Breakthrough in the fight against spruce bark beetles
For the first time, a research team led by Lund University in Sweden has mapped out exactly what happens when spruce bark beetles use their sense of smell to find trees and partners to reproduce with. The hope is that the results will lead to better pest control and protection of the forest in the future.
The Eurasian spruce bark beetle uses its sense of smell to locate trees and partners. The odors are captured via odorant receptors (proteins) in their antennae. Researchers have long understood the connection, but so far they have not known exactly which receptors bind to what pheromones. This is key knowledge for the long-term development of more effective and environmentally friendly pesticides and bark beetle traps used to protect the forest.
The research team were able to characterize the response of odorant receptors in bark beetles for the first time. They identified 73 different receptors in the antennae of the Eurasian spruce bark beetle (Ips typographus), and succeeded in characterizing the odor response in two of the receptors. One responds to the pheromone ipsenol, the other to ipsdienol.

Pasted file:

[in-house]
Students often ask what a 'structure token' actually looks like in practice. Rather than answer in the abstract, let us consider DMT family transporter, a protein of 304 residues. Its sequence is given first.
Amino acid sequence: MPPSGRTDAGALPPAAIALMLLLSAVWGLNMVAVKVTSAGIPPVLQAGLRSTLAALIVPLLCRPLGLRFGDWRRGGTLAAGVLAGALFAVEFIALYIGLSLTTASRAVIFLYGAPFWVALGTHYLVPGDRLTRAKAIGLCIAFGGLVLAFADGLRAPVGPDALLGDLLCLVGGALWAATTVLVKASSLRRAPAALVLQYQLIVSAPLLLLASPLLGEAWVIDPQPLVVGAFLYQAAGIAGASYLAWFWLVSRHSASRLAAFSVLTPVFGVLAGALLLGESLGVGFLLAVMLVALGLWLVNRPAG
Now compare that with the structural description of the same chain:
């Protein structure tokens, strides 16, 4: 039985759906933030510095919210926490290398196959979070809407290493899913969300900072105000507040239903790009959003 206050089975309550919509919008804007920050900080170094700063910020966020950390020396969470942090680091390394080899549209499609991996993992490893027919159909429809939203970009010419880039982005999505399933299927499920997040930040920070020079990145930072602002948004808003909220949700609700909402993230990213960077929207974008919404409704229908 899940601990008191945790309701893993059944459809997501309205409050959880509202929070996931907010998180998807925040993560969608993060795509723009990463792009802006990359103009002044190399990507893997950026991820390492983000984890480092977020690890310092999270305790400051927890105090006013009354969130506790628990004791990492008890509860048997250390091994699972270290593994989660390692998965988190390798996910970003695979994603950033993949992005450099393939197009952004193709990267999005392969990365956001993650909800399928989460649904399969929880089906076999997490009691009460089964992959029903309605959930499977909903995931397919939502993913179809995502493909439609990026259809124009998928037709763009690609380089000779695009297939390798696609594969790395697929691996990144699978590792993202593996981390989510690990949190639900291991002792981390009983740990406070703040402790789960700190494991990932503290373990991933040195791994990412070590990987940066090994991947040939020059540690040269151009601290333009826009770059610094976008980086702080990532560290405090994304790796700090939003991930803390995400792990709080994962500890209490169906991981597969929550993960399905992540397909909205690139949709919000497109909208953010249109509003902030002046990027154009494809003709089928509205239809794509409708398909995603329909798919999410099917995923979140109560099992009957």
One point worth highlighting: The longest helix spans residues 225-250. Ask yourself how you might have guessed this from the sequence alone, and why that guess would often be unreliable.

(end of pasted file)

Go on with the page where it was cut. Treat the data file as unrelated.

"A large number of different bark beetle species use these pheromones when communicating with scents, so the fact that we have been able to to characterize them is a breakthrough," says Martin N Andersson who led the research group consisting of researchers in Lund, Germany and the Czech Republic.
The two receptors are thus the first ever to be characterized in bark beetles. To put the result into context, Martin N Andersson says that within the entire insect order Coleoptera beetles, with more than 300,000 species on Earth, only three odor receptors had been characterized previously.
"Our results indicate that the pheromone receptors of different beetle species are evolutionarily unrelated, at least in the few species that have been studied. We also show that the odor response in these receptors is very specific, and we are the first in the world to be able to show exactly where in the receptors the pheromones are likely to bind," he says.
The results could make it possible to develop better and more environmentally friendly pest control methods. One approach is to try to find other odors that bind even better to the two receptors than ipsenol and ipsdienol. If such odors can be found, they can hopefully be used to disrupt the pheromone communication of spruce bark beetles—either by a stronger activation of the receptor compared with the natural pheromone, or by blocking the receptor.
Another way could be to use the two characterized receptors in a biosensor that is under development. This would quickly locate spruce bark beetles and thus be able to identify infested trees before the bark beetles spread.
According to Martin N Andersson, the practical applications are a few years away.
"Screening for better substances can begin in 2021. If we find something, the results must be confirmed in the lab and then evaluated in the field, and that would take two or three years. Using it in biosensors for monitoring and detection will probably take longer than that. However, our discovery means that the process can now begin," he concludes.